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Do Not Go Gentle Into That Good Night

Do not go gentle into that good night, Old age should burn and rave at close of day; Rage, rage against the dying of the light. Though wise men at their end know dark is right, Because their words had forked no lightning they Do not go gentle into that good night. Good men, the last wave by, crying how bright Their frail deeds might have danced in a green bay, Rage, rage against the dying of the light. Wild men who caught and sang the sun in flight, And learn, too late, they grieved it on its way, Do not go gentle into that good night. Grave men, near death, who see with blinding sight Blind eyes could blaze like meteors and be gay, Rage, rage against the dying of the light. And you, my father, there on that sad height, Curse, bless, me now with your fierce tears, I pray. Do not go gentle into that good night. Rage, rage against the dying of the light.

Dylan Thomas

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"Do not go gentle into that good night" is a villanelle written by Welsh poet Dylan Thomas (19141953), considered to be one of his finest works. Originally published in the journal Botteghe Oscure in 1951,[1] it also appeared as part of his 1952 collection In Country Sleep and other poems. Written for his dying father, it is one of Thomas's most popular and accessible poems.[2] The poem has no title other than its first line, "Do not go gentle into that good night", a line which appears as a refrain throughout. The poem's other equally famous refrain is "Rage, rage against the dying of the light". The poem was the inspiration for three paintings by Swansea-born painter and print-maker Ceri Richards.[3]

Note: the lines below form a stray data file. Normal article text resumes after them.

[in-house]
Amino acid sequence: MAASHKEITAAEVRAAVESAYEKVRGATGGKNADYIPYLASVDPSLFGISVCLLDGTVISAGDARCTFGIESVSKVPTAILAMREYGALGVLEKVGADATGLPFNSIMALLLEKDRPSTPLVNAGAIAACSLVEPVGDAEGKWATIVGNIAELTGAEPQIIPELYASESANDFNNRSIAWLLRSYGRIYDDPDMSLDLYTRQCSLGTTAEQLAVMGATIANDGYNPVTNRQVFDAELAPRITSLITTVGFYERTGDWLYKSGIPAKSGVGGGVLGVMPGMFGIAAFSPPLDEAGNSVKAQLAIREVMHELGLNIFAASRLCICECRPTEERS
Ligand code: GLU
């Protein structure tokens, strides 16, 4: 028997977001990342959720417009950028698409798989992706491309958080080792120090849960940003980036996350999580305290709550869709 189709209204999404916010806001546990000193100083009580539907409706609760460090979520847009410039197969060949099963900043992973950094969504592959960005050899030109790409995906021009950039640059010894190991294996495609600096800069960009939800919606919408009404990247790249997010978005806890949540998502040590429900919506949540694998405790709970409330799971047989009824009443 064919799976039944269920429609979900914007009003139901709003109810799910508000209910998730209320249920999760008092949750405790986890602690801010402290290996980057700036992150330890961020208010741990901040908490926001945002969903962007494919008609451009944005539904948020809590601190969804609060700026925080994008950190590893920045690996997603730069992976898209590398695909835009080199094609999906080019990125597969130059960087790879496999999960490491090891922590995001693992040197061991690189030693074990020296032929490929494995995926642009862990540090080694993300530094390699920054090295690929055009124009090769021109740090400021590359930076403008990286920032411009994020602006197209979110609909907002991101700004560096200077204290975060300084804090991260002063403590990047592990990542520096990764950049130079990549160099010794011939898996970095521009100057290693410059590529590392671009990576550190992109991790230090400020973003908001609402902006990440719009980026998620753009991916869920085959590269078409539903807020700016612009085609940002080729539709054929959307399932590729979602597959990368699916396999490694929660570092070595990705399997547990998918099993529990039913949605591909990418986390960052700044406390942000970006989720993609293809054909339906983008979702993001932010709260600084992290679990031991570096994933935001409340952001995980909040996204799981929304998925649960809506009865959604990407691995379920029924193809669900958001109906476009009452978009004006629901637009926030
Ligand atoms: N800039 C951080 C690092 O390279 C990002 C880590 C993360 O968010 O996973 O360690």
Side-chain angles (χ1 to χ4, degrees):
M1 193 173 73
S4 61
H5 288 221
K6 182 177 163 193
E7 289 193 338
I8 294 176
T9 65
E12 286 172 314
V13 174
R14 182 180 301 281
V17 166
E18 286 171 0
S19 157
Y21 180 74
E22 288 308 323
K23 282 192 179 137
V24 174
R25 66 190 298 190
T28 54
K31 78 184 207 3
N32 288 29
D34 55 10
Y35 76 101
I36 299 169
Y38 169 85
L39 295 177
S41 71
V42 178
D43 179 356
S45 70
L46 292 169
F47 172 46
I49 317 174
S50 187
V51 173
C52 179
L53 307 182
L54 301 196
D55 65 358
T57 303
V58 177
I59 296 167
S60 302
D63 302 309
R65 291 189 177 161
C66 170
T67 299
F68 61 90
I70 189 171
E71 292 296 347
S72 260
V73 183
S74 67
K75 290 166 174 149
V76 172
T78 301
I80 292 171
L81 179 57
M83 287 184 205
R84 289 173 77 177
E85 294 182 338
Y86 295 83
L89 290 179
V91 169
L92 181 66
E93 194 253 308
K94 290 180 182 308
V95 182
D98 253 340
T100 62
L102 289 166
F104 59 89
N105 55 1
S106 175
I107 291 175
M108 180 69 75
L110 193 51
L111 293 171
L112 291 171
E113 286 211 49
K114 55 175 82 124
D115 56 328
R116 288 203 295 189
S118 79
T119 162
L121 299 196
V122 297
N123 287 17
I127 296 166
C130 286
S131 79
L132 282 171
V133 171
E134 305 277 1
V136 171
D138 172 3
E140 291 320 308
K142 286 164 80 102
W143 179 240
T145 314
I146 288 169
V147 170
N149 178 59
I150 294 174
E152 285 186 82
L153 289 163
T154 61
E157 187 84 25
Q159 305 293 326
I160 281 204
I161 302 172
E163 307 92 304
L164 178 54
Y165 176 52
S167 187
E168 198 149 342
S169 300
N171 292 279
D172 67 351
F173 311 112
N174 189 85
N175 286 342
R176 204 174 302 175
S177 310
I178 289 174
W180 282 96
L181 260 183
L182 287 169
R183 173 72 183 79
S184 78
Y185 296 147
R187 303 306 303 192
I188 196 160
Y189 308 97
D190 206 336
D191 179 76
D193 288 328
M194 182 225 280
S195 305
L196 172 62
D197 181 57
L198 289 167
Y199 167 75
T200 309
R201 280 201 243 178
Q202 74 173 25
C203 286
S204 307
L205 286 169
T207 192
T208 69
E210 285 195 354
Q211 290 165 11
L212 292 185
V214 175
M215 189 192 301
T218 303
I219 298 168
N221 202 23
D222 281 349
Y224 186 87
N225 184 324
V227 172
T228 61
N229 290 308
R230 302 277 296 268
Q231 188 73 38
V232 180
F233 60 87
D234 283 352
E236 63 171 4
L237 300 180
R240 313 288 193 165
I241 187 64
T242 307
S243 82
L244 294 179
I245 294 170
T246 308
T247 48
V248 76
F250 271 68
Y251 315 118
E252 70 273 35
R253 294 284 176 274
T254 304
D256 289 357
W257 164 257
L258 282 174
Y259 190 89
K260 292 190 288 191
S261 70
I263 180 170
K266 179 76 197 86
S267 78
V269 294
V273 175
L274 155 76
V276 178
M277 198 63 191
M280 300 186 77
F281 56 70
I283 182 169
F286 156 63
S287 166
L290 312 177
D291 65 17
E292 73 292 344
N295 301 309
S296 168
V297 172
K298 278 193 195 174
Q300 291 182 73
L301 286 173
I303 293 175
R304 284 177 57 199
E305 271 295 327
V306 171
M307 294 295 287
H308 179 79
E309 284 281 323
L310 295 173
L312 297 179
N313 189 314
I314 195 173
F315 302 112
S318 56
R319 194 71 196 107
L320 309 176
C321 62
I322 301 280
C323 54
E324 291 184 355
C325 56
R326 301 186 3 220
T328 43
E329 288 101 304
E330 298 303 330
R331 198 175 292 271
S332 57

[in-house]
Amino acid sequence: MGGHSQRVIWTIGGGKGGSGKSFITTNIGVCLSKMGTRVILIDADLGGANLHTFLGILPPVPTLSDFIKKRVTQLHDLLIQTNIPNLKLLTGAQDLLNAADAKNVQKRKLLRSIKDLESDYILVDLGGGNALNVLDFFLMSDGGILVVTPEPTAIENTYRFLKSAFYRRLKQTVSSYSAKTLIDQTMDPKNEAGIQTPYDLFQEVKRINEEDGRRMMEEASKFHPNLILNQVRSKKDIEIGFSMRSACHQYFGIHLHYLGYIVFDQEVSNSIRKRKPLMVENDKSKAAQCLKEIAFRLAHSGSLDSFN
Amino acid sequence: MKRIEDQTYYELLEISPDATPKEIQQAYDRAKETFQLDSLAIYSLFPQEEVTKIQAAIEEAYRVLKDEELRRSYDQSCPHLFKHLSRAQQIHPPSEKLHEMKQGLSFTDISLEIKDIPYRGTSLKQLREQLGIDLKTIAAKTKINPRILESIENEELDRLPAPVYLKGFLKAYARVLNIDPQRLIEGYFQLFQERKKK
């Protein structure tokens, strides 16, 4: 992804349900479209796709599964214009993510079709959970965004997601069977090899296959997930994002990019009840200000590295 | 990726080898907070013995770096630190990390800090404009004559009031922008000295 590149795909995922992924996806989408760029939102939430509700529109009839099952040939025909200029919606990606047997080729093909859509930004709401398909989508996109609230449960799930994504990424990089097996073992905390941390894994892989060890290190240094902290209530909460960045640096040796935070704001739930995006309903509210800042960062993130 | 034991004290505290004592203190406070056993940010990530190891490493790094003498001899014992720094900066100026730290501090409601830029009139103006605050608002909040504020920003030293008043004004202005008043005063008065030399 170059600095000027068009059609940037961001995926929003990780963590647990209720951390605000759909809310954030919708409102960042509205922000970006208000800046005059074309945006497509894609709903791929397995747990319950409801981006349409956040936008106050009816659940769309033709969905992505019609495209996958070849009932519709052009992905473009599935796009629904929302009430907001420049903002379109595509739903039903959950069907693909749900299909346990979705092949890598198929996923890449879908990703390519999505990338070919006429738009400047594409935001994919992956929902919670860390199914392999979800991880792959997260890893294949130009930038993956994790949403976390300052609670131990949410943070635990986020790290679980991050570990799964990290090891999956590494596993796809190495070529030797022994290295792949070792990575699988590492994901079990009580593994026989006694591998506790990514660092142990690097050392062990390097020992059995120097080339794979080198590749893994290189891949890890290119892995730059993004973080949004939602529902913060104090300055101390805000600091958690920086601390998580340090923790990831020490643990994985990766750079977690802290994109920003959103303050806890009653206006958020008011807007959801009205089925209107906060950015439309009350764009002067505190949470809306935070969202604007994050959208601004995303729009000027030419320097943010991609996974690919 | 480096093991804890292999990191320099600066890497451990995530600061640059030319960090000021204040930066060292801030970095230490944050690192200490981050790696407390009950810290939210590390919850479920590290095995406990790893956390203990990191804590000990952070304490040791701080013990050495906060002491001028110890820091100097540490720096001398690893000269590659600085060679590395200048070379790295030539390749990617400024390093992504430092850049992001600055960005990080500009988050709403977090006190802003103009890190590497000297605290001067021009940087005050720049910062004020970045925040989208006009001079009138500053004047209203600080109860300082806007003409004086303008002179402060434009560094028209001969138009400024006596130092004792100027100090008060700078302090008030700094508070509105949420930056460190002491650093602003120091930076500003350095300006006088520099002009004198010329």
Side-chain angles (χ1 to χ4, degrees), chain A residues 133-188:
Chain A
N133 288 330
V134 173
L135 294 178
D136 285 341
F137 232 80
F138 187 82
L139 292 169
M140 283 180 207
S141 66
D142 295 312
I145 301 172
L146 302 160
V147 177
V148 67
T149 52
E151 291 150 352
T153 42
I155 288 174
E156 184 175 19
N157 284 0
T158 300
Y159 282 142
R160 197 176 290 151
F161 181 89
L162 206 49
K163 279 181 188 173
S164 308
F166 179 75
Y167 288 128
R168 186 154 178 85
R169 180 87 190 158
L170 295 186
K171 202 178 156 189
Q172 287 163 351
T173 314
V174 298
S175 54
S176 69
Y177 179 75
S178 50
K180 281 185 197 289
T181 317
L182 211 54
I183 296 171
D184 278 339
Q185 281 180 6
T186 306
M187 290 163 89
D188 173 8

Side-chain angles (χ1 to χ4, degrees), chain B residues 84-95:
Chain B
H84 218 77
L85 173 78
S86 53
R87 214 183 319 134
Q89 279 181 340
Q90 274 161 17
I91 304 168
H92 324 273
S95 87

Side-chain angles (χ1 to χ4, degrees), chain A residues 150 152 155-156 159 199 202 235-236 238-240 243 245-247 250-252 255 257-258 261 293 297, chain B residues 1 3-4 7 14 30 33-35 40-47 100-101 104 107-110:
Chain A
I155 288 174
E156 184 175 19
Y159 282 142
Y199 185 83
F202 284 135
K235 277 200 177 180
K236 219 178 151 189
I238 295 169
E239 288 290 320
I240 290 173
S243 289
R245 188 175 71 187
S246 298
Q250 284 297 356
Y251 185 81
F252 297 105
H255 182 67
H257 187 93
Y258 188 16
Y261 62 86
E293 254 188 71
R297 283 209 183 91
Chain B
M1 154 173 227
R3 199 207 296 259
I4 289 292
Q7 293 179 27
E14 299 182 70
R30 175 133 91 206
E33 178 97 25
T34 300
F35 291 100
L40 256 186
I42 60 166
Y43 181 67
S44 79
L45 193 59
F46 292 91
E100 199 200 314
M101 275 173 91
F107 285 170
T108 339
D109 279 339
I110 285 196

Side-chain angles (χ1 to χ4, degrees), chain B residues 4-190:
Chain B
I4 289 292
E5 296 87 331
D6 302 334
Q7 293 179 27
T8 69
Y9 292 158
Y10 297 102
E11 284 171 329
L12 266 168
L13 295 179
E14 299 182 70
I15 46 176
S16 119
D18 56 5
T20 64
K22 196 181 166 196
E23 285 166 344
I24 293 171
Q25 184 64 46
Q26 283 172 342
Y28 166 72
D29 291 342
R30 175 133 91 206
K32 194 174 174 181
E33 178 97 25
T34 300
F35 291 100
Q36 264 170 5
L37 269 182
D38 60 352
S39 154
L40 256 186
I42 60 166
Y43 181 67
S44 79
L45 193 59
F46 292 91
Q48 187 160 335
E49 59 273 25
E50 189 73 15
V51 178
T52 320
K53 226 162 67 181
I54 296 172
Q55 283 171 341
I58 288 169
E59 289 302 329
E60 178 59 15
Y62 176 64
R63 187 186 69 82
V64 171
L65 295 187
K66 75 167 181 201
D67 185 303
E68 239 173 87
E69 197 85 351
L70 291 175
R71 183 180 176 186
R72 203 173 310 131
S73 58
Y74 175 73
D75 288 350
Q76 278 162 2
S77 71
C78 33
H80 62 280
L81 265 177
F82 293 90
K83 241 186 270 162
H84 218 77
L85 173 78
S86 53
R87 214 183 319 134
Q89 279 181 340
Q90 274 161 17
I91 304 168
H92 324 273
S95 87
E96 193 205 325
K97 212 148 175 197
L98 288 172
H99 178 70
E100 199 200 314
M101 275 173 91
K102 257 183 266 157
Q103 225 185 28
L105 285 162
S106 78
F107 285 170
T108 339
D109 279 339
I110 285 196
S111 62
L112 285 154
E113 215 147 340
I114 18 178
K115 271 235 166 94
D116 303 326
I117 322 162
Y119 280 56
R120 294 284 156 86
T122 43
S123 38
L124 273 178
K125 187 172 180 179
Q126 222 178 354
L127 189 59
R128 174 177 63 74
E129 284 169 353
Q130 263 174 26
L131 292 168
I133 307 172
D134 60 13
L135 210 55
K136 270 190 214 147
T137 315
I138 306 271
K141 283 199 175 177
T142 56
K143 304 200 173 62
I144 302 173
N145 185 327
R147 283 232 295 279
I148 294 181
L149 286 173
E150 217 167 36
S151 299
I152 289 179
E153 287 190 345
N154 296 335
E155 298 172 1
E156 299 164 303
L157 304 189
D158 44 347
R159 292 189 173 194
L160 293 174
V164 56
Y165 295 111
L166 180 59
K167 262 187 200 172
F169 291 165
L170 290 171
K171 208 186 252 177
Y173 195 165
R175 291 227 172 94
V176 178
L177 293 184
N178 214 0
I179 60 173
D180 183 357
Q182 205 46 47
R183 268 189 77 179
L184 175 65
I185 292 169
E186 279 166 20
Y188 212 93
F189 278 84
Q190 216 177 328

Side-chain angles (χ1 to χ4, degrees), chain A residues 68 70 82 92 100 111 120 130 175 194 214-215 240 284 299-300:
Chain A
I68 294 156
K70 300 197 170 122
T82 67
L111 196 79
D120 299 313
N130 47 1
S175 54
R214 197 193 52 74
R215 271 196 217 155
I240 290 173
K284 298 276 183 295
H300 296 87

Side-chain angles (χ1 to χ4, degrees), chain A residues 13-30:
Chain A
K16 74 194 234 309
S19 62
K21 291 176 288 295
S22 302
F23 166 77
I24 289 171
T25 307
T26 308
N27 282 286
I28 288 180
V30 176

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Chapter Five:

THE POETRY OF THE SONG OF SONGS


A. The Chiasmic Poetic Structure Many commentators have noted the general "chiasmic" (X-shaped) structure of the Song of Songs and other biblical books and passages. This means that a poetic idea that is found before the center of the "chiasma" is repeated in a different form after the center. The chiasmic structure of the Song of Songs' poetry is illustrated in Figure 4 (the singers are indicated in parentheses). Analyzed in detail, the Song's chiasmic poetic structure, coupled with its parallel musical structure and the temporal progression of events within it, proves its unity of authorship and purpose. Yet the chiasmic structure is not a rigid framework. Theme J follows theme I (in the first half of the Song); but theme J' is found between theme K'(b) and K'(c), not immediately preceding theme I' as one might expect. Moreover, each